Santos Laguna are the runners up from last year's Champions League, but they seem to be suffering from some hangover from last year's Clausura playoffs win, which got them to this stage. Their league form is middling, so how will that affect their play tonight? FMF State of Mind's (and WTR Live guest commentator) Alicia Ratteree answers some of our questions about the Gurrerros from Torreon.
John Leung (JL): Since the teams last met in April, what has changed for Santos Laguna? And how will these changes affect this clash?
Alicia Ratteree (AR): It has been an eventful period since Santos and TFC last met. Santos of course made it to the CCL final, and narrowly lost to defending champion Monterrey. They rebounded from that disappointment by continuing their dominant form in the Mexican Primera and winning the 2012 Clausura title by beating Monterrey. The team is basically intact from the spring squad, and added a very good player in midfielder Gerardo Lugo, who was a consistent offensive threat in his last stop in Morelia. Like Monterrey, Santos Laguna have made a point of maintaining stability, something that is normally not a hallmark of Mexican clubs, and while they haven't started the current Apertura campaign in sparkling form, they are still a dangerous team.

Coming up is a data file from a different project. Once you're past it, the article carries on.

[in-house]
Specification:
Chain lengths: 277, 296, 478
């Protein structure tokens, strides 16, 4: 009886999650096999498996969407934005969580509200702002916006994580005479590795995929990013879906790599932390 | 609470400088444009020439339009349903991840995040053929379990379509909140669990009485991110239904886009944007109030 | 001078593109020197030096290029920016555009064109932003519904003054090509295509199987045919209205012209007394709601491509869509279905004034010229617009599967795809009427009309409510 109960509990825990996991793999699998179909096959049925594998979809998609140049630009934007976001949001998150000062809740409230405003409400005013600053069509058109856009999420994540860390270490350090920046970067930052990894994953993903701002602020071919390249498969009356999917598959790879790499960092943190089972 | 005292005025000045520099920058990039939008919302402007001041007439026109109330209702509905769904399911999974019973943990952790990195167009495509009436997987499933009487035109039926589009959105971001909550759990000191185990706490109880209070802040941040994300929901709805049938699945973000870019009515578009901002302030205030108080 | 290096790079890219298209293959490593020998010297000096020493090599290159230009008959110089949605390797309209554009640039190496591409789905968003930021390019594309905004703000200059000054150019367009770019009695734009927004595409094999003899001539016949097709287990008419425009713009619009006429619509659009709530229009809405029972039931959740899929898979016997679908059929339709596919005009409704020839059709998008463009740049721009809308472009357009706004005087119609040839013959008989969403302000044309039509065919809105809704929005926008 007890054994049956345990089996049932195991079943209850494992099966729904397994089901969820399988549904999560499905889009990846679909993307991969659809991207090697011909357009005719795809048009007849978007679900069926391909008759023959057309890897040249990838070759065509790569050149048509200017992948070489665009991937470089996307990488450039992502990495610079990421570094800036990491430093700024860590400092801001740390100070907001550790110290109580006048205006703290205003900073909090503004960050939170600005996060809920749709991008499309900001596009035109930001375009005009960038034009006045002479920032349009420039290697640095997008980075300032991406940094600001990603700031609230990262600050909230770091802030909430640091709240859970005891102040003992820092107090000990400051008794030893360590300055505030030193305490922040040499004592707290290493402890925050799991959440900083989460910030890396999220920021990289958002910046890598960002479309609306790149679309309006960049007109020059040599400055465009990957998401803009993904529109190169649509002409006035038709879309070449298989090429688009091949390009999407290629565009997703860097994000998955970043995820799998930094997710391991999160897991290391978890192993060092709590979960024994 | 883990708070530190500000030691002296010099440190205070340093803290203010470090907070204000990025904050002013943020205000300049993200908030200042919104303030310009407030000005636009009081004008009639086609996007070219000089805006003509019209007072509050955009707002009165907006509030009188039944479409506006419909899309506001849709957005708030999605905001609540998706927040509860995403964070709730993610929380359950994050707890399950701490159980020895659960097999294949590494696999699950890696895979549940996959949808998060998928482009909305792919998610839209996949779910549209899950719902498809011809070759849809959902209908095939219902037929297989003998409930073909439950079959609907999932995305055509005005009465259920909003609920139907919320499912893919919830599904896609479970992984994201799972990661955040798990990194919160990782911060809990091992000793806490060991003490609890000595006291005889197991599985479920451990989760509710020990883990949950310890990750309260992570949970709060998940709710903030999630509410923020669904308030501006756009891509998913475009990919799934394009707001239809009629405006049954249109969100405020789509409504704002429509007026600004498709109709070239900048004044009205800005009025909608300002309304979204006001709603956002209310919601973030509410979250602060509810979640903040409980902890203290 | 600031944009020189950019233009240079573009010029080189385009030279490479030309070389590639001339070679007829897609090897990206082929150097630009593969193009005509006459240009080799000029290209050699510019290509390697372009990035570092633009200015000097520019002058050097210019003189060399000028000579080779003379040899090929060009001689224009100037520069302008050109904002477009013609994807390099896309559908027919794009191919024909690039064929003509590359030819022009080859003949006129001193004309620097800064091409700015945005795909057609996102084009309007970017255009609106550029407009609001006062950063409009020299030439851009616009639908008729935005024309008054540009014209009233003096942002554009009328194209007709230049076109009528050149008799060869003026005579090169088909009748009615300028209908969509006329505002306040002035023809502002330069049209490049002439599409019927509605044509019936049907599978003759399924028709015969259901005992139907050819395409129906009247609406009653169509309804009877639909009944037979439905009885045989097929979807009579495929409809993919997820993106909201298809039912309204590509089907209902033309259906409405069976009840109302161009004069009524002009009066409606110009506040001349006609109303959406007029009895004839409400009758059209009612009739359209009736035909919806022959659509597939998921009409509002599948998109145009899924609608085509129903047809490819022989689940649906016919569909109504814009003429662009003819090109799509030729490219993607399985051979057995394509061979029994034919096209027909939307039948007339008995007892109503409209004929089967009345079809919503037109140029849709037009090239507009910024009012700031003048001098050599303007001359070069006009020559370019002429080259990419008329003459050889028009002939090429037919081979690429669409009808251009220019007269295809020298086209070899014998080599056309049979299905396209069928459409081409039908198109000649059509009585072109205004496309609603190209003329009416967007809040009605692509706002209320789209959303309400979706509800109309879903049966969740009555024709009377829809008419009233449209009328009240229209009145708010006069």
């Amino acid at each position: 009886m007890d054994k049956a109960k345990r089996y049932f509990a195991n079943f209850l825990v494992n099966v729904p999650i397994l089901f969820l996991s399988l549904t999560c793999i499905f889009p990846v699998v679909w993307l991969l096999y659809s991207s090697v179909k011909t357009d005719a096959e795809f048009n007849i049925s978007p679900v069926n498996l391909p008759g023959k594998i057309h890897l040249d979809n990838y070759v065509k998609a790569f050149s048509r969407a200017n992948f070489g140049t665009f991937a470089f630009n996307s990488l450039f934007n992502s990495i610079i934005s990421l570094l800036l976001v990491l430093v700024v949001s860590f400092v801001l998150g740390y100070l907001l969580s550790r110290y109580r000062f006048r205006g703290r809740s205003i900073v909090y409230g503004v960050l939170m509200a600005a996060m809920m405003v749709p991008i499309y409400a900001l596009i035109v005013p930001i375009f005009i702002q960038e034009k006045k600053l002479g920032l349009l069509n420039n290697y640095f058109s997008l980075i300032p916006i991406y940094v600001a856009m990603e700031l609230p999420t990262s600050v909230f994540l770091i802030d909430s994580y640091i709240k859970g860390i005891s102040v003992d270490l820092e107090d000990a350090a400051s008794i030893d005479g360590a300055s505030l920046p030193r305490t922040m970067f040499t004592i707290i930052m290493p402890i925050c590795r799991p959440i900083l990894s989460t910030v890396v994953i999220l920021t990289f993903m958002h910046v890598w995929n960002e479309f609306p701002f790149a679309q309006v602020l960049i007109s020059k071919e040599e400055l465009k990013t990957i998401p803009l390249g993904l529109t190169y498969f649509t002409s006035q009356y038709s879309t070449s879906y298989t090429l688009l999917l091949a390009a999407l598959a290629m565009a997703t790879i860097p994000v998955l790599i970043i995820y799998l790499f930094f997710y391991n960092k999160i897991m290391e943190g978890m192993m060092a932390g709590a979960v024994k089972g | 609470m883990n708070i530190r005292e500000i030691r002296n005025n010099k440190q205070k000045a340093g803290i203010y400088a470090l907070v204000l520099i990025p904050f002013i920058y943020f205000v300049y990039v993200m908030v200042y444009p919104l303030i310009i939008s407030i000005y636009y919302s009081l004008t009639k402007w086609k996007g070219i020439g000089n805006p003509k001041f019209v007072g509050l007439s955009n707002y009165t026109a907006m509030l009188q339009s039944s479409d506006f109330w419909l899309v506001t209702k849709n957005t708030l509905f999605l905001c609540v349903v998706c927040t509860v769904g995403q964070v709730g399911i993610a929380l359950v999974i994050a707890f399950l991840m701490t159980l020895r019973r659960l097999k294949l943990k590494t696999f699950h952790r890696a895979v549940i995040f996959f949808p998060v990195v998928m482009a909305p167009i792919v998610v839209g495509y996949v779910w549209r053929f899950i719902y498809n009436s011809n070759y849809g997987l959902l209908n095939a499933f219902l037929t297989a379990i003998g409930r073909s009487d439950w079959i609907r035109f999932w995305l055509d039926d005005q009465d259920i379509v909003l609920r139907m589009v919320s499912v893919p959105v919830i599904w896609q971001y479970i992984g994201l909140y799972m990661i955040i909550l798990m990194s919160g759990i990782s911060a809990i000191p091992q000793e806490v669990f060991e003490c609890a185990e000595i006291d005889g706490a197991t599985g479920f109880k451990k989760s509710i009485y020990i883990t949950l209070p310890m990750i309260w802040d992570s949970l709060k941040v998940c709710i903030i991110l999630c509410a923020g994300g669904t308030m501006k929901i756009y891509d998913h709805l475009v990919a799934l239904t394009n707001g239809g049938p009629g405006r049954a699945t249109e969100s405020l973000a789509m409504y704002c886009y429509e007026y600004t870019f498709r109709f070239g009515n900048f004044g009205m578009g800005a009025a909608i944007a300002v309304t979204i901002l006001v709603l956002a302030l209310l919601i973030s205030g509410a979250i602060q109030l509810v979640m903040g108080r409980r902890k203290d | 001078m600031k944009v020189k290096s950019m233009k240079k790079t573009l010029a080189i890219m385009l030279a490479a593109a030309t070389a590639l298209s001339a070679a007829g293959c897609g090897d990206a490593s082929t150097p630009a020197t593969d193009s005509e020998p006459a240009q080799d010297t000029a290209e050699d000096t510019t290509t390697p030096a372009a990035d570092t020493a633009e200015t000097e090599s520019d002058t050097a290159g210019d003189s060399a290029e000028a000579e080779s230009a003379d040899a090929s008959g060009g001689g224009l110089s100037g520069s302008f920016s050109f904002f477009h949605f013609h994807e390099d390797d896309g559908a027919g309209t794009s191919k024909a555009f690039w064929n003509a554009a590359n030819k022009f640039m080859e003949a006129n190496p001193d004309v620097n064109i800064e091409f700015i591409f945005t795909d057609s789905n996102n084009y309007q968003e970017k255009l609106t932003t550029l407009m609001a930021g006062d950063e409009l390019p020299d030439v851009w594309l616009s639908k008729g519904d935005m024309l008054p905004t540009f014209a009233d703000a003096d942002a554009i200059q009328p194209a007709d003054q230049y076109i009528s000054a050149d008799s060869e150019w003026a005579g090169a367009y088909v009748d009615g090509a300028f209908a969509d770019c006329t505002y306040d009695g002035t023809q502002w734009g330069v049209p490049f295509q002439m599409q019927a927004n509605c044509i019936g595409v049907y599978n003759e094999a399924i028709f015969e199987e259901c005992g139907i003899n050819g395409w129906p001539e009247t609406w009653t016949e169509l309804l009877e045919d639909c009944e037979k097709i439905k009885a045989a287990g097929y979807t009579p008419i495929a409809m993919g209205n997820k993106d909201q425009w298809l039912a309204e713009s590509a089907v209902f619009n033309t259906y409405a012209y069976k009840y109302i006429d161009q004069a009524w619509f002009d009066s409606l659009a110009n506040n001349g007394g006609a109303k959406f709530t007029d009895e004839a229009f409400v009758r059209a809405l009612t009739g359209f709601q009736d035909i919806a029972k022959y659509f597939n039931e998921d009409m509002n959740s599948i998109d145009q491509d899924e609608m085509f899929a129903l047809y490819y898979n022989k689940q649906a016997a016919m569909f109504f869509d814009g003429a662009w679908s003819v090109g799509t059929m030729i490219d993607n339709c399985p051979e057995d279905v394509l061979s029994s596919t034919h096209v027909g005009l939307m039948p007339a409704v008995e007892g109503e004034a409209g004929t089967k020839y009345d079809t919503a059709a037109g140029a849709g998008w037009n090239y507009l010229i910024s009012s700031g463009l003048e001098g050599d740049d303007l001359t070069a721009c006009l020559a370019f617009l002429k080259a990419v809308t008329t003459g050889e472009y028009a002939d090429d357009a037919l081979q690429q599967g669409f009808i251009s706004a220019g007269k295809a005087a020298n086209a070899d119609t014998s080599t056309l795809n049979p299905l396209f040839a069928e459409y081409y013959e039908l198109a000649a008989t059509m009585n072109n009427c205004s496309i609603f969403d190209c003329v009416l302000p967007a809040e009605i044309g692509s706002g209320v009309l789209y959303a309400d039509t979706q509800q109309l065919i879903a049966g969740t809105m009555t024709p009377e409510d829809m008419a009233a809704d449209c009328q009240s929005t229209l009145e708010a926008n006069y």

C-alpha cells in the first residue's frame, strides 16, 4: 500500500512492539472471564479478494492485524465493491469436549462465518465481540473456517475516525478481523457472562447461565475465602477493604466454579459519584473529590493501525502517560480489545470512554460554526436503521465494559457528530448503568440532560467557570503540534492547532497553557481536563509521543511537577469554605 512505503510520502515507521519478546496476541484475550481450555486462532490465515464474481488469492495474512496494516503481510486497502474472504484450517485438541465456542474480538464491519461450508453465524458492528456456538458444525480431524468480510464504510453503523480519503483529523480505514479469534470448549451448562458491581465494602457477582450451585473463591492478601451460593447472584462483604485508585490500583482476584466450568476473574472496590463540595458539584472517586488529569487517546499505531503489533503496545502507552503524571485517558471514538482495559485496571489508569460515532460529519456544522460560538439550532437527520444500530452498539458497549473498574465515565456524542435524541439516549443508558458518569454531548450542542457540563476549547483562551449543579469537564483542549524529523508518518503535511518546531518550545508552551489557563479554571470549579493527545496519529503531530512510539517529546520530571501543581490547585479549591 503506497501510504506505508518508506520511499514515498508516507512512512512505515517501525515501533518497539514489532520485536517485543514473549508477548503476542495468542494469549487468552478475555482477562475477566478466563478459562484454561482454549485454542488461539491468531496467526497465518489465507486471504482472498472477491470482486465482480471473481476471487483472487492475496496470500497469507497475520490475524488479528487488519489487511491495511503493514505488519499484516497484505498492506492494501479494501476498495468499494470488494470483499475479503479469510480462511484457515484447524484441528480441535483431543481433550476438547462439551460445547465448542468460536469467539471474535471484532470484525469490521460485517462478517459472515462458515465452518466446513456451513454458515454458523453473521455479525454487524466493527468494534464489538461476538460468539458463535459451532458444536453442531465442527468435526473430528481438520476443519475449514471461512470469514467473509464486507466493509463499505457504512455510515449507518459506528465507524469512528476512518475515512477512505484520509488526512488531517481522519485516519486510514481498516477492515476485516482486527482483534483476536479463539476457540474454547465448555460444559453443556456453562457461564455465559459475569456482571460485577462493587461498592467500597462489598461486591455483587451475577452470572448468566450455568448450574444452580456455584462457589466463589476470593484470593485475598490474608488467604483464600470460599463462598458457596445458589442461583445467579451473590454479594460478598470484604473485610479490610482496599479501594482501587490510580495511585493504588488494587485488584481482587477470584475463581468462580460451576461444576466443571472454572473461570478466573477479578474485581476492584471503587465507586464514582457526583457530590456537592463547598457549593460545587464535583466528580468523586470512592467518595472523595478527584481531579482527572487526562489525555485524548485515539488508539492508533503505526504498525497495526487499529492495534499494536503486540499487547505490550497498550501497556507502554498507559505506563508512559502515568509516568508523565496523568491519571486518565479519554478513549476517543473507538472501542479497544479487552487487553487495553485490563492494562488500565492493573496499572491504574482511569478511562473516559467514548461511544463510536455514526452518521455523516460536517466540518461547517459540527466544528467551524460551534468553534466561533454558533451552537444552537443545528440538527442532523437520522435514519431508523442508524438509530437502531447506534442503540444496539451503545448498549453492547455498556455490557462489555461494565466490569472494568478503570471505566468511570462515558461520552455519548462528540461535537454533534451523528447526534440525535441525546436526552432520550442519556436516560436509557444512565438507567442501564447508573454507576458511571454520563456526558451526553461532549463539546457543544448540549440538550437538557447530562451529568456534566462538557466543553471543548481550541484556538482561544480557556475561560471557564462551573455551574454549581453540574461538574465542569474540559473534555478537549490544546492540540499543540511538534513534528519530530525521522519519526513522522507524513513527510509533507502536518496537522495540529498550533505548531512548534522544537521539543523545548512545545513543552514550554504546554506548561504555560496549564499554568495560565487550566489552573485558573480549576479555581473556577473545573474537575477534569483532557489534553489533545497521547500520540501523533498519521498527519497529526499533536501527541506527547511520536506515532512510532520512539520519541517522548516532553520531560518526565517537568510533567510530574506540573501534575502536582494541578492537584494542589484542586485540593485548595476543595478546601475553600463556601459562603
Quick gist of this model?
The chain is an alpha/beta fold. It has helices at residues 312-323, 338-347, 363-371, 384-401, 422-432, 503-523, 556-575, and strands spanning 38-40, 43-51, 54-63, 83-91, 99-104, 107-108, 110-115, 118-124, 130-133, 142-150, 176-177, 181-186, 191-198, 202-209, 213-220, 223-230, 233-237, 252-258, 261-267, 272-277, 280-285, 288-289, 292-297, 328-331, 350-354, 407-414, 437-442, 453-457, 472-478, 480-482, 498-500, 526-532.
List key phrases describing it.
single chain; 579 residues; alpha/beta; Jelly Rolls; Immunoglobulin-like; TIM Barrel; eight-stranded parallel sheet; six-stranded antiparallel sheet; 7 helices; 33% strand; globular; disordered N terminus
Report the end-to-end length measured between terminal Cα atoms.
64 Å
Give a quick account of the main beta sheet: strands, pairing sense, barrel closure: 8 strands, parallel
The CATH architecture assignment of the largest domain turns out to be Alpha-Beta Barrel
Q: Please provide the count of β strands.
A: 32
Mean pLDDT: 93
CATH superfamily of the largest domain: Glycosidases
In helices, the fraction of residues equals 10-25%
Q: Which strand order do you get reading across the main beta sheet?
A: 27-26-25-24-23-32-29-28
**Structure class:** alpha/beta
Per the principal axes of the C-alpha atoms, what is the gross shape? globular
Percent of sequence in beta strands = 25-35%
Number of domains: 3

JL: What should TFC be most concerned about within the Santos team?
AR: The depth at striker for Santos is a real threat for opponents. The leading striker of the bunch is Oribe Peralta, who is fresh off a gold medal-worthy performance for Mexico at the Olympics. There have been some rumors that Peralta may get looks from European clubs, and may be somewhat unsettled. If he's not focused and on form, there's U.S. international Herculez Gomez, who's scored two goals in five appearances in Liga MX, and has a knack for coming up in the big occasions.
There's also Darwin Quintero, who leads the team with three goals in league play and another three in CCL play, but who can be a very streaky player. And Christian Suarez provides good service on the wing and chips in with goals of his own from time to time. As a result, even if a team keeps Santos' forwards scoreless through the first hour of a game, more often than not there's somebody to come off the bench and provide a boost in the attack. That's why TFC needs to maintain a strong 90 minute performance defensively if they want to hang with Santos.
More with Alicia, after the jump...
JL: What's Santos Laguna's mindset coming into this game, given they're on a four game winless streak right now in the Apertura?
AR: The talk in Mexico is that the team is suffering from a bit of a post-title hangover. There's nothing particularly wrong with the club, per se, but the motivation may not be particularly pushing the team along in the league at the minute. Given the fact that Mexico uses a playoff system to determine season champions, there's no reason to panic at this point, although they are currently outside of the playoff spots. It is unclear, however, if their domestic struggles will carry over to the CCL, since they have unfinished business in that competition. Still, although Santos is a mature and veteran squad, I don't think they are the kind of team that can flip a switch and perform flawlessly in one competition if they are struggling in another.